Some time later I tossed out the big box of index cards and the paper. The war ran on for years anyway and I doubt that Nixon would have read my paper.
The Pike Alumni have been pretty busy during '07-'08. We certainly appreciate the incredible Homecoming turnout, the strong contributions, all the renovations/house improvements, the support for our Pikes-in-NY-for-Cornell-Hockey Night and the general sense of renewed enthusiasm. Next up: we're going to rock it again with the an official Pike House Reunion party (see below for details) and prepare for the '08/'09 academic year.
Would you like to help? We'd love to have you more involved - either at on-campus events or Pike happenings in your local area. Contact me directly at firstname.lastname@example.org . We've got lots ideas & plans, and we're "just getting started" (even though we're fat, bald and middle-aged)!
Join the brothers of Pi Kappa Alpha for our 2008 Reunion Happy Hour, Saturday June 7th. We’ll be showcasing the recent renovations, including the Hugh S. Gibbs Memorial Library and the Chapter Room upgrade. Our wine and cheese Happy Hour will feature New York State Wines and traditional Pike Singing! All are welcome - be sure to bring the kids too! Saturday 4 to 6pm.
Any questions- contact Ed Catto .
Cornell Reunion 2008 activities
Remember those shrill cries of PLEDGE RAIDDDD? Well you can relive those times at Homecoming 2008. This is a call to the classes of ‘67, ‘68, ‘69 and ‘70 (and other classes wanting to join in) for a pledge raid on the House. We can all meet in U Hall 6 (actually not, since it has been squashed under a huge new dorm complex which is much, much nicer). Anyway, bring lock picks, they’ve got much fancier locks now at the House. No surgical tape - that still isn’t O.K. Figure on hitting them Thursday night around 3 A.M. when they won’t be expecting us yet. That old element of surprise.
Vino Fino will be served ("Tastes as good coming up as it did going down" as Julius said). Ellen’s pseudoburgers won’t be on the menu. Or her bread pudding, or those brick-hard greasy pork chops with the orange pool of oil surrounding them. But we can improvise.
So make your plans and spread the word. Games of Polish Chess also on the agenda. See if the guys there now are smarter than we are/were (they are). Anyone out there with memories of what pledge raids were like or about pledging and life in the House are requested to send them to this column. All this sort of history tends to be lost in the mists of time (which is about 5 years from when you graduated) so the House really is like a prehistoric culture - no written records of the past. Help them out. Send in your memories (and cash would be nice too). The place looks great and Turkey Coop is gone. Your picture may even be on the wall - many are.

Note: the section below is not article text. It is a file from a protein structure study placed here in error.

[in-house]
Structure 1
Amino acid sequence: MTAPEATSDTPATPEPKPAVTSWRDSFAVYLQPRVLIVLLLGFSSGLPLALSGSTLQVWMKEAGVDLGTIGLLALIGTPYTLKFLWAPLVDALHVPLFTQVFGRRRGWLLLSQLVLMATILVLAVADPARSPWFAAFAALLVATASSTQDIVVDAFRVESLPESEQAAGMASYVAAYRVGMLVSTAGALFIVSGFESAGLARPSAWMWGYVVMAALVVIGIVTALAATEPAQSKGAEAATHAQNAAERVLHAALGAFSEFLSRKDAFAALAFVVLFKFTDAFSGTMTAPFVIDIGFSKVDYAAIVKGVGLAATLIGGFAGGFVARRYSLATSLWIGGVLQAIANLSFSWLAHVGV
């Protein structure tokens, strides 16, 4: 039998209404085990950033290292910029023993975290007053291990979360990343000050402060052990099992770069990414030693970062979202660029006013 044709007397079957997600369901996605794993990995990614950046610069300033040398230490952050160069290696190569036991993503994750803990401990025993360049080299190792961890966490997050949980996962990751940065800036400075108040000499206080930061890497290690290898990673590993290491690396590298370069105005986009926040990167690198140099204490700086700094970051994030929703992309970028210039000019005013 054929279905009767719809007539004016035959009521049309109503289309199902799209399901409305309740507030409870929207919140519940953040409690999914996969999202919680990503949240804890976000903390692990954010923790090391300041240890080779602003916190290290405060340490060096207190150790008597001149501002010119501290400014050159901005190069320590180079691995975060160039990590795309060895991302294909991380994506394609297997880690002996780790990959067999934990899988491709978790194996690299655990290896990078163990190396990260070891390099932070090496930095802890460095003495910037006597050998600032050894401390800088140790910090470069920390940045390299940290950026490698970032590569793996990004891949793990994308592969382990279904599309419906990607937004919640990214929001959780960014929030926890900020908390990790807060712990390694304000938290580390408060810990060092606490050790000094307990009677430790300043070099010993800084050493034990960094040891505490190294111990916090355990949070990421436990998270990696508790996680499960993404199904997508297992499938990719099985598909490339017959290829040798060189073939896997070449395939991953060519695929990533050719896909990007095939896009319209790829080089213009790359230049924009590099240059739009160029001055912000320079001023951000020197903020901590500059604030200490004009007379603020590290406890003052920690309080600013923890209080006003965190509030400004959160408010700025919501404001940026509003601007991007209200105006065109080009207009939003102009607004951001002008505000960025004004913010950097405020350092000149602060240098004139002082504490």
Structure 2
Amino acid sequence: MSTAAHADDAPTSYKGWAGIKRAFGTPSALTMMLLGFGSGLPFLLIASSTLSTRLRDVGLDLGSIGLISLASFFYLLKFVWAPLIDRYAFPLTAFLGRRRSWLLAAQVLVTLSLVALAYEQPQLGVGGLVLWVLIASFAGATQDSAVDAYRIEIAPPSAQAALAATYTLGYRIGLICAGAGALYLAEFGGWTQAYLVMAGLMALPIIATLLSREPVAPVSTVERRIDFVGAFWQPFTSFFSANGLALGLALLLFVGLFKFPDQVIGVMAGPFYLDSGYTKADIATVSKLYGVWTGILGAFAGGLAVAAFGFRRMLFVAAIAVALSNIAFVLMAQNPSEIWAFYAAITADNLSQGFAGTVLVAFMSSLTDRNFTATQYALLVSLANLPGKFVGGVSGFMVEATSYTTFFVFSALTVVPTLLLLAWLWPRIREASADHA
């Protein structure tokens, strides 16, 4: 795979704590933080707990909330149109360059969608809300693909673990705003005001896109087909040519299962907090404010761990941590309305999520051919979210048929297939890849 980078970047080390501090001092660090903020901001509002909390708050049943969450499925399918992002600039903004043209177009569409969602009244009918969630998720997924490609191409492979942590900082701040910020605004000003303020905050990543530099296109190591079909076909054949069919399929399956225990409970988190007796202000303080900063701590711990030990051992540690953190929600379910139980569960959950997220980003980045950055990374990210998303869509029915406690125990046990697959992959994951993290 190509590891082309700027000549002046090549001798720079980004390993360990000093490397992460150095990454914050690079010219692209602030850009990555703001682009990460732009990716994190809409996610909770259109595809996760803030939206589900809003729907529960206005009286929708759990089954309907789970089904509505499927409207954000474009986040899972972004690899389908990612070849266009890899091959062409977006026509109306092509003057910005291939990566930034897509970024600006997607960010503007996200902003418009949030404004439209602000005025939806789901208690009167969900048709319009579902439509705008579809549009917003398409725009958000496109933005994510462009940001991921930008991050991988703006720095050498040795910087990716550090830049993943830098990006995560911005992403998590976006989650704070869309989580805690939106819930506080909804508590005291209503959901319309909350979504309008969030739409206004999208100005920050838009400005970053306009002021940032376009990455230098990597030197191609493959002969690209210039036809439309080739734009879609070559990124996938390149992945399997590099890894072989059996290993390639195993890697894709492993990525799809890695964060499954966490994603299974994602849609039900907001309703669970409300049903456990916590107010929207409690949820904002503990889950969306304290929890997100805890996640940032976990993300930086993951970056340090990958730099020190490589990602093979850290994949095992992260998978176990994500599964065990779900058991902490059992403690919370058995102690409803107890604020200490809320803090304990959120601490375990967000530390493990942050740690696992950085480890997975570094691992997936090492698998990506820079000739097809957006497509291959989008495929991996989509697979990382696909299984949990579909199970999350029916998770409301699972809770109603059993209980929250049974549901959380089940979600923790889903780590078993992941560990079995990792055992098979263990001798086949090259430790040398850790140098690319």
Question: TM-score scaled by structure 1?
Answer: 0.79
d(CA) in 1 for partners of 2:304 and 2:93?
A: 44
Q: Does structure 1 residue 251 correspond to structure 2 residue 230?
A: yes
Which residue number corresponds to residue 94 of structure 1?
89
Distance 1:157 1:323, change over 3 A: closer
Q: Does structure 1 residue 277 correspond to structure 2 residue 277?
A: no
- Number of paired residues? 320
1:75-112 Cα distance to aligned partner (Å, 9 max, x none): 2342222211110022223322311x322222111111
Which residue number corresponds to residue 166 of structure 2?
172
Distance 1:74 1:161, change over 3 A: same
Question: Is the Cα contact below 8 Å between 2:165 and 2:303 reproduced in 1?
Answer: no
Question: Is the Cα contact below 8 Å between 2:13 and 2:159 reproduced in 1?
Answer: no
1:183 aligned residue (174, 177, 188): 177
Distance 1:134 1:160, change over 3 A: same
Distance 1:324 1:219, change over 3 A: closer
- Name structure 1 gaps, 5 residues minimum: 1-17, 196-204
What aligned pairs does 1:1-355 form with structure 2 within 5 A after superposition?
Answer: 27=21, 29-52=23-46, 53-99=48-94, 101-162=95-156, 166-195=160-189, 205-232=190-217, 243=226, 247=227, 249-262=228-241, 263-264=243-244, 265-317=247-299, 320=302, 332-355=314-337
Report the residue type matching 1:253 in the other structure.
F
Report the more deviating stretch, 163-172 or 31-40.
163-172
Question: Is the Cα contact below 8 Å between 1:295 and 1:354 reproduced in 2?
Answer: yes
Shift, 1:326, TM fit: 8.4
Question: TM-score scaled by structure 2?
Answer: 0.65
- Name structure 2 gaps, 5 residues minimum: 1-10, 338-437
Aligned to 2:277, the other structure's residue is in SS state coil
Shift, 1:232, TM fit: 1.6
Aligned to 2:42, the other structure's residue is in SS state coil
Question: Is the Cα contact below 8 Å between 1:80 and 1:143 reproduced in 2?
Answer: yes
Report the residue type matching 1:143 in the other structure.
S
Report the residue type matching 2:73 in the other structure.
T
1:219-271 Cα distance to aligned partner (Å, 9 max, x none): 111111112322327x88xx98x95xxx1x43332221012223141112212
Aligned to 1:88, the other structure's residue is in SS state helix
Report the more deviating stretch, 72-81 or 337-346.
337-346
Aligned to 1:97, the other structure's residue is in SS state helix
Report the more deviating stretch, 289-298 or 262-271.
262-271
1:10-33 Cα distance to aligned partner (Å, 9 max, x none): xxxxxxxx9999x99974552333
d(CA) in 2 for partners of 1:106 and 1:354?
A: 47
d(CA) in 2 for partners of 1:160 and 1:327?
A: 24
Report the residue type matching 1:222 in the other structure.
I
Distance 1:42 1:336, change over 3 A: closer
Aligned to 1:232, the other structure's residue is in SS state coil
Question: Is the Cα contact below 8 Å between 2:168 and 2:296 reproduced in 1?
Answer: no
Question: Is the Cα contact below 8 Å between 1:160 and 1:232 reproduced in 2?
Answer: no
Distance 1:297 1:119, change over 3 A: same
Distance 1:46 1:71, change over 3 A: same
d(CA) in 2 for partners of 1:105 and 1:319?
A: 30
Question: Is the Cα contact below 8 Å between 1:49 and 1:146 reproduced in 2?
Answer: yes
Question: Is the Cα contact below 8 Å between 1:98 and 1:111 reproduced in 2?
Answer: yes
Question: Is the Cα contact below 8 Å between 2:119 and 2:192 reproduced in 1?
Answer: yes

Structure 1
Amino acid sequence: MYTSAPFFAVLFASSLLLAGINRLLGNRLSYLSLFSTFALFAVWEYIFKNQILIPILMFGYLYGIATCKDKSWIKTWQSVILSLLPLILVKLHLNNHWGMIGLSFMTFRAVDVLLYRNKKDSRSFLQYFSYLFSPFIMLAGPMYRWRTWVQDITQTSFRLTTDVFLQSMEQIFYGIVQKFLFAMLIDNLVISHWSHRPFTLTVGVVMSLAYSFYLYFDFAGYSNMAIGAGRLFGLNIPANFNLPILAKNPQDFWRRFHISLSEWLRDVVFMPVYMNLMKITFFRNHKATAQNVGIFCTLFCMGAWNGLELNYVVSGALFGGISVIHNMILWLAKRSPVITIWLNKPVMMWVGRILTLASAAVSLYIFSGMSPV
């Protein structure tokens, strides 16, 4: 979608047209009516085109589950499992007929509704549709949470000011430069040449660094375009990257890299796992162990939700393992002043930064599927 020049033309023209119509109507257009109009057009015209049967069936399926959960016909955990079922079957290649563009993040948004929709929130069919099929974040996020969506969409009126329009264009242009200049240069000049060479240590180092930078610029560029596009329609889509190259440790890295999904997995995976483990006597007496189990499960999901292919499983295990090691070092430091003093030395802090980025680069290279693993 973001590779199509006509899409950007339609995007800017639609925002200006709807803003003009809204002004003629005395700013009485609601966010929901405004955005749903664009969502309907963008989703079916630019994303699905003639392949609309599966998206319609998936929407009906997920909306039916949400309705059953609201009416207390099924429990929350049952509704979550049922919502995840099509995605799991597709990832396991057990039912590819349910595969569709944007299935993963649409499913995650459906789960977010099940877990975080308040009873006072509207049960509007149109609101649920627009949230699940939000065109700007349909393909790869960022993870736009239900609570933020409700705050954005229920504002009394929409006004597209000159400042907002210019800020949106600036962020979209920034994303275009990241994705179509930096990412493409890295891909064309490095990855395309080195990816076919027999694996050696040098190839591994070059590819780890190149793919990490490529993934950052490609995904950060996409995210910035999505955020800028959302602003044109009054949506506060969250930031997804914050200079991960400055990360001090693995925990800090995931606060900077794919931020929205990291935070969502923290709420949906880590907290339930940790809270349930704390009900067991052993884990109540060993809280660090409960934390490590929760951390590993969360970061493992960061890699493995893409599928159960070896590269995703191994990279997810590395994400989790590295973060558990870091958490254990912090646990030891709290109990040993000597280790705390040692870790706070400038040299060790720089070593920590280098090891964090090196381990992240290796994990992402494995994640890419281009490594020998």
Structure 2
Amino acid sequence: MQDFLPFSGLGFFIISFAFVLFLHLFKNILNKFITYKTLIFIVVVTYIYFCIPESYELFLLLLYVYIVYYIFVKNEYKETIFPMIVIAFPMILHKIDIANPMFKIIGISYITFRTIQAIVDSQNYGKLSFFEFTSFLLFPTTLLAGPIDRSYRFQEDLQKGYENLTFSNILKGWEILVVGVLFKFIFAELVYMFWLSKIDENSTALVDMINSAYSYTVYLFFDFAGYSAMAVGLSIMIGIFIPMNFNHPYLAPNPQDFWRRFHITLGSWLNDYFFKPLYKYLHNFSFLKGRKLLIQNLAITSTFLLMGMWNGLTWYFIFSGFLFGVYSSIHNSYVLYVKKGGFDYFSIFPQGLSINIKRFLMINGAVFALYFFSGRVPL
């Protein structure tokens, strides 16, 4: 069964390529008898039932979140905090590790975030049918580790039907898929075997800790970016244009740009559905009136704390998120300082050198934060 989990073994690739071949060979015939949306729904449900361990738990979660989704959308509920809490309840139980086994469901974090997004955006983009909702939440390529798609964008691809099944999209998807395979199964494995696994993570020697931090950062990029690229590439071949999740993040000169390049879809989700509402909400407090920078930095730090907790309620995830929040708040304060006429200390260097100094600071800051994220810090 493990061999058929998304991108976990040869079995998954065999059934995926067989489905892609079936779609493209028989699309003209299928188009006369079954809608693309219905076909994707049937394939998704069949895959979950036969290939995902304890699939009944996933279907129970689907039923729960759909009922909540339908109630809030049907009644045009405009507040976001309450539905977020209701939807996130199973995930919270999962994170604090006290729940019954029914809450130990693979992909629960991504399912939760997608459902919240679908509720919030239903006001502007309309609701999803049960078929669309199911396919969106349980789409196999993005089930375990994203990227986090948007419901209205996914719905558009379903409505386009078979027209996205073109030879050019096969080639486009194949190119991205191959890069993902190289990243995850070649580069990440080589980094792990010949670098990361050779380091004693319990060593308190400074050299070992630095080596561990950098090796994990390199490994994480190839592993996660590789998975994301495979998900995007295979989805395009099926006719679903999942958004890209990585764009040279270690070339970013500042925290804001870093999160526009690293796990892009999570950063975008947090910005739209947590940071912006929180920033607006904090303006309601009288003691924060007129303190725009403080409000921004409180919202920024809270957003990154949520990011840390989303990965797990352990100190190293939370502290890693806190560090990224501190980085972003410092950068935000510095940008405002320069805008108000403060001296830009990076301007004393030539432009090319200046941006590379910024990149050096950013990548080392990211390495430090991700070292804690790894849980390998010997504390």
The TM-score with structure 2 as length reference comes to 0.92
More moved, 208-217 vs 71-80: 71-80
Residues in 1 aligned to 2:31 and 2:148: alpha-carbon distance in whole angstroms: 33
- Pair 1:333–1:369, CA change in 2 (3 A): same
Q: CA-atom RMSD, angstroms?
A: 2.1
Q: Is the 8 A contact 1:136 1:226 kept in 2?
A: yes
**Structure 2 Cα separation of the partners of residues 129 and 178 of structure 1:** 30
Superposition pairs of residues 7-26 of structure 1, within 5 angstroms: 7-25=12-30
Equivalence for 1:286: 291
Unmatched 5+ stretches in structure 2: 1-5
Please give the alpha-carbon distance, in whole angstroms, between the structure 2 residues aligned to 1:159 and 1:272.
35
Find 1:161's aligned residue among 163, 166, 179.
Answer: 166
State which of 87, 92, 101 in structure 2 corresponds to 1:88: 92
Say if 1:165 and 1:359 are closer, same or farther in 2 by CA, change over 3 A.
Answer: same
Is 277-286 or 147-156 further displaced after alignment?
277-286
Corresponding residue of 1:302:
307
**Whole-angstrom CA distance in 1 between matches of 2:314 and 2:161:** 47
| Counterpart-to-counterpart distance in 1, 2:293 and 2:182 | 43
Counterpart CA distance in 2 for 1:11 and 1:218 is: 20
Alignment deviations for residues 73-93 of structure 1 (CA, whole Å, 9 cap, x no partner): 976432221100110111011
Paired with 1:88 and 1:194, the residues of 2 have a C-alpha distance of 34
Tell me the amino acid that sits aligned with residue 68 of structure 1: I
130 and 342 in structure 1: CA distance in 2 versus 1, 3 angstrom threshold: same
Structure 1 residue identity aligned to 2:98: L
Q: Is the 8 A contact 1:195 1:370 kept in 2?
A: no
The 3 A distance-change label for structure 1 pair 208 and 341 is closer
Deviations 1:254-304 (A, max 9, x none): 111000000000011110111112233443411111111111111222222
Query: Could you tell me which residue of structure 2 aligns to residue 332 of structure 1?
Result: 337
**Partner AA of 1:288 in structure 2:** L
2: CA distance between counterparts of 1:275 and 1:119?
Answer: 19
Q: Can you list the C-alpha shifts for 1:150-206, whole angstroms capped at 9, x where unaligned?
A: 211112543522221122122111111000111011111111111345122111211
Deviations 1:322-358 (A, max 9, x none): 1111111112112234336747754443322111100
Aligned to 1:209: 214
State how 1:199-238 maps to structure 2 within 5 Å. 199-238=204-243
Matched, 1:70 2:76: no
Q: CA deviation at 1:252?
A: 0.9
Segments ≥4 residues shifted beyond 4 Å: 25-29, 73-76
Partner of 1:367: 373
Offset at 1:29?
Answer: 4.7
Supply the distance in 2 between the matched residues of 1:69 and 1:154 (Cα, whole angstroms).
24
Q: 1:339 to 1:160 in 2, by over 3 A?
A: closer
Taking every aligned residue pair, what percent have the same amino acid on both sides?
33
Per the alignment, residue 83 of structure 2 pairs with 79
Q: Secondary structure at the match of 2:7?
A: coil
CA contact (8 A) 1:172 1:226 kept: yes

Sign up now.
Doug Surine '70
Dick Carrington '69
VisitIthaca.com lodging search 26-28Sep08
Cornell Homecoming 2008 activities
Go to Updated Alumni Notes
Chris Reading '90 & twin Eric are winding up an 8-stop Tour 4 Cure to benefit the Multiple Myeloma Research Foundation.
Dave Cook '89 caught The Readings in concert in NYC. Says "They were awesome! Check out thereadings.net to see how Toph looks. Not bad for 40, but I think he's got make up on and wearing a girdle."
"It's funny how, as you become a grumpy old man in training, you realize all the little lessons you learned from the Pikehouse -- no I am not talking about how to break into the kitchen to make pasta at 3AM or do shots of Uncle Jack in Nest with innumerable biddees."
"But with three young kids, I realize that life as a Pike gave me a very high tolerance for chaos. This comes in handy with a 4½ year old girl and 20 month old twin boys. I have also set a new life goal: I will be a successful dad if my daughter goes to Cornell but never attends a Room 9 Beatles party and my sons attend and are in charge of them. How's that for a double standard?"
"Life is good in the ATL. Come visit! Jeff Lowe '86 and his lovely bride of 18 years Maribeth came. Though I am not sure she will ever make a return visit after she a had dinnerful of socially objectionable conversation with me. My wife was there too but she is used to rolling her eyes. Lowie was amused, which I think only annoyed MB even more. ZuLu had fun!"
"Just ran my 12th marathon last weekend with virtually no training. I survived but I have definitely had better performances."
"Drop a line!"